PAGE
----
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What does it mean to be founders of a nation chosen by God? Power? Privilege? Pride? Jacob’s blessing of his first four sons, recorded in Genesis 49:1-12, paints a different picture of God’s ideal. This article will trace themes of alienation and identification to show that the integrity of the sons of Israel is challenged and ultimately identified by the voice—or the lack of voice—of a grieving concubine (Gen. 35:16-22), a disgraced sister (Gen. 34), and a widowed daughter-in-law (Gen. 38). Read more
In recent years, much discussion has centered upon the role of women disciples as they encounter the person of Jesus. The word “disciple” (mathētēs), related to the verb “learn, study, practice” (manthanō), means “the one who directs his mind to something,” often in the sense of a learner, apprentice, or pupil. In the Greek philosophical world, the term designated a devotee of a philosopher, one who would continue the intellectual link with the teacher (adherent). While many argue for exclusively male disciples due to the fact that Jesus’ twelve disciples were all male, we can respond that all disciples were also Jewish. This, then, leads to the important question of implication: Does this mean that all Gentile disciples through the ages, male and female, are to be excluded from participatory discipleship? Certainly not! Read more
I believe that God calls both women and men into roles of leadership with all the opportunities and challenges these roles entail. Scripture and church history make abundantly clear that women can and do exercise significant influence and power in a variety of contexts, including the church. Yet, most of the books and articles available on Christian leadership are written by and for men. In this paper, I will address some leadership issues with a focus on women as leaders. Read more
The complementarian conviction, that women are under male authority and therefore must be excluded from (some) positions of leadership, rests in no small measure on their interpretation of God’s eternal, created order as established in Genesis 1-2. However, when the complementarian exegesis of creation is given close scrutiny, substantial—indeed fatal—problems are revealed at the very foundation of their framework. Read more
We all like to believe ourselves to be discerning. However, Luke 7:36-50 challenges us: Do we really get the main point? And if so, how shall we respond? In the account of the anointing of Jesus by the sinful woman, Jesus radically reverses all assumptions about himself, the woman and Simon, highlights true repentance and forgiveness, and causes us to reflect on the boldness of the Lord’s ministry to women. In examining this account, we need to ask: How does it relate to Luke’s major themes and its immediate context? Is this text reliable? What is the historical-cultural meaning of the woman’s act? How do the grammar and literary aspects highlight the Lord’s major point? What is the significance of key words? How does this text apply to our own lives? Through seeing this passage as representative of Luke’s theme of discerning the truth (which causes paradigm shifts) and the theme of God’s gracious forgiveness, we see this woman’s seemingly lavish response as appropriately representing a repentant heart. Because the historical-cultural information has such importance for the clarity of this article, it has been moved to the forefront of the following presentation, to be followed by grammar and word studies. Read more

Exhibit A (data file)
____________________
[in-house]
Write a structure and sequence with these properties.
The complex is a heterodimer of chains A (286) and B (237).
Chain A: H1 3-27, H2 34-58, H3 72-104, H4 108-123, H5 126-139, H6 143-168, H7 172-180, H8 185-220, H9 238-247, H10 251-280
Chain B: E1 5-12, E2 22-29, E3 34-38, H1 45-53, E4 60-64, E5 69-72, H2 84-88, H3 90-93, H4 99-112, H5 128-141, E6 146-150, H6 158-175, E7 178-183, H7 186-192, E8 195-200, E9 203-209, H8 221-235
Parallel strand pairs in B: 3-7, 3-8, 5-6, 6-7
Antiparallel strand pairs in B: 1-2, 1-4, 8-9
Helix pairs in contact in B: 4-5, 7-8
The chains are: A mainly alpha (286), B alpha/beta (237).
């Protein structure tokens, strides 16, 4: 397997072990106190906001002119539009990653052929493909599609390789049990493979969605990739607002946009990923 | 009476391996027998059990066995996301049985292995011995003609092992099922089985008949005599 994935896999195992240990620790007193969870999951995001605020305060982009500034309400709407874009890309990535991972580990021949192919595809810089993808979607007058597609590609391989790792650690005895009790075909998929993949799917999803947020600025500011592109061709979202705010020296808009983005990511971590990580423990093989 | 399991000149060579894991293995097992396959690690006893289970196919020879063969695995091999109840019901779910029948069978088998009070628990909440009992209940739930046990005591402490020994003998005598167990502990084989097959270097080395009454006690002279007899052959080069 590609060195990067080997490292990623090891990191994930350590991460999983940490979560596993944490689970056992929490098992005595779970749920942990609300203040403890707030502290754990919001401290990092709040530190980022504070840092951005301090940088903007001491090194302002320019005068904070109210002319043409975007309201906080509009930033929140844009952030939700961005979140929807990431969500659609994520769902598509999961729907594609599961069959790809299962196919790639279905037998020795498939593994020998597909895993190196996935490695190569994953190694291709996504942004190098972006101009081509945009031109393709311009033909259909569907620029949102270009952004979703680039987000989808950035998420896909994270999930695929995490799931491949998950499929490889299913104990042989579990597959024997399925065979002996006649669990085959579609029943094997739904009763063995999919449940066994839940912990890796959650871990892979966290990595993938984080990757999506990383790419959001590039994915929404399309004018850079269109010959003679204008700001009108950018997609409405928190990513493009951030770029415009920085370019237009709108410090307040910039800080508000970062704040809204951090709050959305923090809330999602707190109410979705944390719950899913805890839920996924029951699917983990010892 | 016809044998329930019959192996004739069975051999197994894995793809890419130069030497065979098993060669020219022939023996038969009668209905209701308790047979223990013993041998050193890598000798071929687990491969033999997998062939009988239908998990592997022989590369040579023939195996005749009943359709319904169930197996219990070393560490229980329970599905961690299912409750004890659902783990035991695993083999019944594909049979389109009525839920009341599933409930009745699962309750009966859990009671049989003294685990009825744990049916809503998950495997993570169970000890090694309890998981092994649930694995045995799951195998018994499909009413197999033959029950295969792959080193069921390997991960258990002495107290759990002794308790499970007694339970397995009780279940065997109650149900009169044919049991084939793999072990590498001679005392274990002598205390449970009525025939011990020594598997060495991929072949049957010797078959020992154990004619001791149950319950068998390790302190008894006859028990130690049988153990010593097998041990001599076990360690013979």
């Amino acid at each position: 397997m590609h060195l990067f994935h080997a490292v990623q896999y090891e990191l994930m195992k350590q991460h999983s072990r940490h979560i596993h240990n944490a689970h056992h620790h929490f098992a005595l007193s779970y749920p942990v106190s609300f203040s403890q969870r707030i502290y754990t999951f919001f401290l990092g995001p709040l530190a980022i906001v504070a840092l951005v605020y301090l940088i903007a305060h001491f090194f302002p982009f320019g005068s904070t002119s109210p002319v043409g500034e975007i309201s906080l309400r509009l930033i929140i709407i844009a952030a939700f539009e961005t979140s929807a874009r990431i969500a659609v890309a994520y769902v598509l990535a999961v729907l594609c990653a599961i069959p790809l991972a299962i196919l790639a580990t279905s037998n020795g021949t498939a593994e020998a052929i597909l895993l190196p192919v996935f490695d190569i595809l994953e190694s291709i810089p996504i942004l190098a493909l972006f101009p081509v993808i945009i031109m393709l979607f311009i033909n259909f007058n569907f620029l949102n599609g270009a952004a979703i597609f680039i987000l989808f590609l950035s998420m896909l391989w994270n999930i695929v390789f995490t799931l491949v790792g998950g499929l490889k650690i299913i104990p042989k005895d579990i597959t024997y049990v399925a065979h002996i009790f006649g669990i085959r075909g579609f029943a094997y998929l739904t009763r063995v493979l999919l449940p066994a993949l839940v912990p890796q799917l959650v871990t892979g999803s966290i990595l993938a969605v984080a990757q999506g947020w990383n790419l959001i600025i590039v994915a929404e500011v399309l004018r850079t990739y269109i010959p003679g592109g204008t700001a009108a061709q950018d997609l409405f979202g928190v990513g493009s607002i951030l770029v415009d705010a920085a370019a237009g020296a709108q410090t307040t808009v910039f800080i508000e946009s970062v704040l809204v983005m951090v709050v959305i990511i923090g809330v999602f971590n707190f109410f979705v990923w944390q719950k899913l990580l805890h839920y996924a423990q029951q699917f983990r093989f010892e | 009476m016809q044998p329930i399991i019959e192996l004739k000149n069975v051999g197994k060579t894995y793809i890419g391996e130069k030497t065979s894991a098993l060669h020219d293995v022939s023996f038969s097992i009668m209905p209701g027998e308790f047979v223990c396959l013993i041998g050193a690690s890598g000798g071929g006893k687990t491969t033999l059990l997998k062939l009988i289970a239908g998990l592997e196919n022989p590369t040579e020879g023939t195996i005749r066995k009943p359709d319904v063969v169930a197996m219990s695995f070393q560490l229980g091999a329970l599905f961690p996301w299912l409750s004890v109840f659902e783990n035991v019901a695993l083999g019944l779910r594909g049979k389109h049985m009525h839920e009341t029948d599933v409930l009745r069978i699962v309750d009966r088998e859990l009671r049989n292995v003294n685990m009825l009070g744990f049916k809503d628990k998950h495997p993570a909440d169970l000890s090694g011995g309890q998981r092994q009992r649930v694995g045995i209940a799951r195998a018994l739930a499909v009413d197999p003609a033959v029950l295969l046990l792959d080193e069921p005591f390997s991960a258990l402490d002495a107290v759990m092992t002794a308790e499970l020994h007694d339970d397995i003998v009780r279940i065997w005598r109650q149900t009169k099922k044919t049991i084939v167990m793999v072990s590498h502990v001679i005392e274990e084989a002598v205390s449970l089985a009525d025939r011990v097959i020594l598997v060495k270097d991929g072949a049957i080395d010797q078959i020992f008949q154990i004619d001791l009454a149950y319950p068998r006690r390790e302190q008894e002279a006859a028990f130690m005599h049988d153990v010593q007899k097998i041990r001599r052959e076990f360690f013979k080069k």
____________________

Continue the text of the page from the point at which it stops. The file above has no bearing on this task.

Christian tradition is sometimes remarkable for the liberties it takes with the reputations of its saints, and in this regard no example springs so readily to mind as that of Mary Magdalene. Tradition has had its field day with the reputation of this once deeply troubled woman; the recent blaze of controversy set by Dan Brown’s incendiary novel, The Da Vinci Code, is only the latest in a series of firestorms stretching back almost two thousand years. Read more
The authors trace the hand of God on women from Genesis through the New Testament. They confront long-held traditions, prejudices, and assumptions with a loving, non-judgmental spirit that makes it possible for readers to examine their own beliefs without being threatened. Read more
In the late 1880s, large amounts of papyri were discovered in separate finds. These affected New Testament scholarship to such a degree that scholars labeled the finds “sensational” and “dramatic.” The papyri were written at the time of the New Testament, and touched upon all aspects of life, comprising everyday private letters from ordinary people, contracts of marriage and divorce, tax papers, official decrees, birth and death notices, and business documents. Prior to this discovery, the meanings of numerous New Testament words had remained unknown, and the translators had simply made educated guesses. Read more
Rebecca Leverington
If you want one book that clarifies controversial biblical passages about women in leadership, documents God's use of women in both the Old and New Testaments, and explains how and why the church grew away from equality after the time of Christ, this is it. In From Bondage to Blessing, Dee Alei traces the argument for biblical equality chronologically through the Bible and history. She also takes readers through the questions to a greater depth of understanding of biblical equality. Read more
Was the Junia mentioned in Romans 16:7 a man or a woman? The Greek word Iounian has been translated either as “Junias” (male) or as “Junia” (female). And what is the meaning of “outstanding among the apostles”? These questions influence how the church should carry on her mission. The answers may indicate that both women and men in the early church participated in all areas-- as ministers, deacons, leaders, and even apostles. Read more

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